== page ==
Interpreting presidential debates: if you snooze, you lose!

By Tony Rivas

Being in a small television studio and knowing that you will be heard and judged by many known and unknown peers and the rest of the audience makes your adrenaline flow freely. The Second and Third Trump/Clinton Debates broadcast on CNN en Español on Sunday, October 9 and Wednesday, October 19 were not the first ones in my career. I go as far back as Ross Perot, remember him? He ran against George Bush Sr. and Bill Clinton. I also interpreted for John McCain in his presidential debate with Barack Obama, and I´ve interpreted State of the Union and other addresses for former presidents Jimmy Carter, Ronald Reagan, George Bush, Bill Clinton, George Bush, Jr. and Barack Obama.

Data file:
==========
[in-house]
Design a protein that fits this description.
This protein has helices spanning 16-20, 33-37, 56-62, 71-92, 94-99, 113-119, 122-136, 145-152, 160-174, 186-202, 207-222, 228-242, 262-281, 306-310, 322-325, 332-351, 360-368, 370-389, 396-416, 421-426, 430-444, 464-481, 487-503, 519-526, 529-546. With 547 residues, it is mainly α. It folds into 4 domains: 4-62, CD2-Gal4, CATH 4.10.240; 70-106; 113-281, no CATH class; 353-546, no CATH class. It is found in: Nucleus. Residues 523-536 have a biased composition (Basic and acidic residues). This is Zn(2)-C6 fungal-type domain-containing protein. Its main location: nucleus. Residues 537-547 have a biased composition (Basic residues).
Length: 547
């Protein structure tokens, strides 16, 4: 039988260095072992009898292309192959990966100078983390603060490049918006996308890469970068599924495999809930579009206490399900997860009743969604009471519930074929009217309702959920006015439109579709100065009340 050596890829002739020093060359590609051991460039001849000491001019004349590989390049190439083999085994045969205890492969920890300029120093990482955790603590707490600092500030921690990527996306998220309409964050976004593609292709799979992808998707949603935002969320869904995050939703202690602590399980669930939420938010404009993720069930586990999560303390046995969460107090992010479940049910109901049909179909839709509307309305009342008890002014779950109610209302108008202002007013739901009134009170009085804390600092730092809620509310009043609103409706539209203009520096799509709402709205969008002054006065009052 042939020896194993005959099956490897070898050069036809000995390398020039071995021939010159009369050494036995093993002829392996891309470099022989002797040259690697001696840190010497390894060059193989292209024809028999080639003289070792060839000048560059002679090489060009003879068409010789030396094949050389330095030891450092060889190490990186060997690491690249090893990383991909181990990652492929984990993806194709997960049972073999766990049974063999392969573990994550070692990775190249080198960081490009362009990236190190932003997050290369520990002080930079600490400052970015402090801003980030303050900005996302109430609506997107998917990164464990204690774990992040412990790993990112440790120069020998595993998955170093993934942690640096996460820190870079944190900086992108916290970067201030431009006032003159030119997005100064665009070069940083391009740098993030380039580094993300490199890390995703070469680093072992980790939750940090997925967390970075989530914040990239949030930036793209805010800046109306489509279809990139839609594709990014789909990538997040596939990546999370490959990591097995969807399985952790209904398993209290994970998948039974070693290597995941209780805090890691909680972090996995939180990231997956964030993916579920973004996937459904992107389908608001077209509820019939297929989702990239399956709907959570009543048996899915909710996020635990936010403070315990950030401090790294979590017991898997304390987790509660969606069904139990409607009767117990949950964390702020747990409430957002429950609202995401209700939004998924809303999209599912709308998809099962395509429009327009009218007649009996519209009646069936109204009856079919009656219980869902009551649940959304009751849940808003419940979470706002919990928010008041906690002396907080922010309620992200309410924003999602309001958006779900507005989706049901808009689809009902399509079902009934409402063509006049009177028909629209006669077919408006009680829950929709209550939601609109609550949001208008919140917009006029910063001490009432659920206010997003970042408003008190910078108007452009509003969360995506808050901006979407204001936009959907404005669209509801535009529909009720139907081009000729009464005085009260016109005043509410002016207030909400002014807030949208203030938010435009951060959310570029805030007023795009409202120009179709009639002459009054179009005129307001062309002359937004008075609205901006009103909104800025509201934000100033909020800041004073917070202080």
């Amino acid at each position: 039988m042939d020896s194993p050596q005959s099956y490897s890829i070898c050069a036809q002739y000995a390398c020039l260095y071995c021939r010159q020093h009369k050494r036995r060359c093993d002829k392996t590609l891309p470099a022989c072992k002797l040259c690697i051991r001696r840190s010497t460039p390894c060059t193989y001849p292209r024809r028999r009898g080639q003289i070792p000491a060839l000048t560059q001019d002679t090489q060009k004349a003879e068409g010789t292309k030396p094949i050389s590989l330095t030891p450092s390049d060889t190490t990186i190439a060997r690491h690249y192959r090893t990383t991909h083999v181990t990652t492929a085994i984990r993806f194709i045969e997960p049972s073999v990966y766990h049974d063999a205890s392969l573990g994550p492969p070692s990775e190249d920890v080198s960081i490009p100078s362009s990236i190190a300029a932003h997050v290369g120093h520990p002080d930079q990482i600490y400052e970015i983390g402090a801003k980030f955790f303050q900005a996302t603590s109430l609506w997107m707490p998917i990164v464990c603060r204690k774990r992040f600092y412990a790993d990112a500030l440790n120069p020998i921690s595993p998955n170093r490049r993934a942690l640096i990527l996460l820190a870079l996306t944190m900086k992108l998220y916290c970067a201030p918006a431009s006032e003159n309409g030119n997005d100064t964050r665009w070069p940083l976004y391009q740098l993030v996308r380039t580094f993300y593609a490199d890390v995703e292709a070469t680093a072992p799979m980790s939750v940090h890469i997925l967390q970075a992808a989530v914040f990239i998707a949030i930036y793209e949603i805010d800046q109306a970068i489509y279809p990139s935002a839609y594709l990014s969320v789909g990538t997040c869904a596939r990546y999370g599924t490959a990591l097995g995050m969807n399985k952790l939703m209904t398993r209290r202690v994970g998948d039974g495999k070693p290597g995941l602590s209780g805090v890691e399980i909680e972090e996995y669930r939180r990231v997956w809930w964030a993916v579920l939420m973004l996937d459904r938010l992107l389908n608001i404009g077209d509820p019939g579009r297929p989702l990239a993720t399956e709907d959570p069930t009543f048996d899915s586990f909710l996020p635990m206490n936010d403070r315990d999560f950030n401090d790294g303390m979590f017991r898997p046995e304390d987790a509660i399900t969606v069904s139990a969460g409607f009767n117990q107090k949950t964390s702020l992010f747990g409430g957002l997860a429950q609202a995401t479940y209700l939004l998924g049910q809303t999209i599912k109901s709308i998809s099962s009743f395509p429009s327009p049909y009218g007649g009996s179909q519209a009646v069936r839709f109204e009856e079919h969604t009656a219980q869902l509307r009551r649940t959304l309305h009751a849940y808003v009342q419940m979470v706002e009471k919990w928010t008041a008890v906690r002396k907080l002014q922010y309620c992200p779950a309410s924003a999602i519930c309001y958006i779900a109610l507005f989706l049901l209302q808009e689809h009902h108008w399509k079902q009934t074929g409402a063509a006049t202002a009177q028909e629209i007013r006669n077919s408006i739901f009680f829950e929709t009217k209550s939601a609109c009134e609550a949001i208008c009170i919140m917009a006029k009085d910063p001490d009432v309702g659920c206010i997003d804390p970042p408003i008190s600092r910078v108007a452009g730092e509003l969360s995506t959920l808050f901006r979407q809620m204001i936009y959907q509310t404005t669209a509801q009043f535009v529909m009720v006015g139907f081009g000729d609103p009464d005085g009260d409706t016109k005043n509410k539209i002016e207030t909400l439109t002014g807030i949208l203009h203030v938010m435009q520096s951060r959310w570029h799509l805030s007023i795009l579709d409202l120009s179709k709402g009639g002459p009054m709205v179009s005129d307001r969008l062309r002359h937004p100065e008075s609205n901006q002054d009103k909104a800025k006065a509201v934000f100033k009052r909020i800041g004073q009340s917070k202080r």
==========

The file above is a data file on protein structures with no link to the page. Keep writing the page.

Usually, there is a myriad of debate topics, and you never know which one will be raised in the debate, and what kind of linguistic rabbit will be pulled out of a hat by the candidate assigned to you. This came to mind again when I interpreted for Florida Senator Marco Rubio and his challenger, Democratic Representative Patrick Murphy, on Wednesday, October 25 when they both debated. 

A line such as “Trumped up and trickled down” used by Hillary Clinton in the first debate caught off guard every single colleague interpreting the first debate. When Donald Trump let out of the blue in the third debate “What a nasty woman!” and “Bad hombres!,” it wasn´t a piece of cake either for me. It´s a matter of being, at the very least, as quick on your feet as your assigned candidate. Otherwise,  camarón que se duerme, se lo lleva la corriente, if you snooze, you lose.

Tony Rivas
Curriculum Development and Language Specialist
NCI/University of Arizona